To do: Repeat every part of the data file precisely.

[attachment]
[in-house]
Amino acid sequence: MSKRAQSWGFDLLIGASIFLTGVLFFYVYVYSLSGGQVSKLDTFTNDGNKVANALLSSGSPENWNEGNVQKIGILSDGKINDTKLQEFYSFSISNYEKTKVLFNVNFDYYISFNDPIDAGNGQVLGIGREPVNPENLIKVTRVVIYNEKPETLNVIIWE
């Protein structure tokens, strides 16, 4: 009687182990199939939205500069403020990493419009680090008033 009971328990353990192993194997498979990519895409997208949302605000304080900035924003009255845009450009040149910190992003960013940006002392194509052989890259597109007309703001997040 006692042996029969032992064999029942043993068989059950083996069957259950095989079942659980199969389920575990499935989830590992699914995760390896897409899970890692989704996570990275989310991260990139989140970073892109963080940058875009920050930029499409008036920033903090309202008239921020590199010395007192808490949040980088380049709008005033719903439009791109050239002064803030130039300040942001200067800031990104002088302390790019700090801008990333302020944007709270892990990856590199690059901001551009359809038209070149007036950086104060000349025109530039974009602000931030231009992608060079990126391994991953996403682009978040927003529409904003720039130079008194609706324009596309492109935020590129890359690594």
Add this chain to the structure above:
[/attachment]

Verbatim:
[in-house]
Amino acid sequence: MSKRAQSWGFDLLIGASIFLTGVLFFYVYVYSLSGGQVSKLDTFTNDGNKVANALLSSGSPENWNEGNVQKIGILSDGKINDTKLQEFYSFSISNYEKTKVLFNVNFDYYISFNDPIDAGNGQVLGIGREPVNPENLIKVTRVVIYNEKPETLNVIIWE
């Protein structure tokens, strides 16, 4: 009687182990199939939205500069403020990493419009680090008033 009971328990353990192993194997498979990519895409997208949302605000304080900035924003009255845009450009040149910190992003960013940006002392194509052989890259597109007309703001997040 006692042996029969032992064999029942043993068989059950083996069957259950095989079942659980199969389920575990499935989830590992699914995760390896897409899970890692989704996570990275989310991260990139989140970073892109963080940058875009920050930029499409008036920033903090309202008239921020590199010395007192808490949040980088380049709008005033719903439009791109050239002064803030130039300040942001200067800031990104002088302390790019700090801008990333302020944007709270892990990856590199690059901001551009359809038209070149007036950086104060000349025109530039974009602000931030231009992608060079990126391994991953996403682009978040927003529409904003720039130079008194609706324009596309492109935020590129890359690594």
Add this chain to the structure above: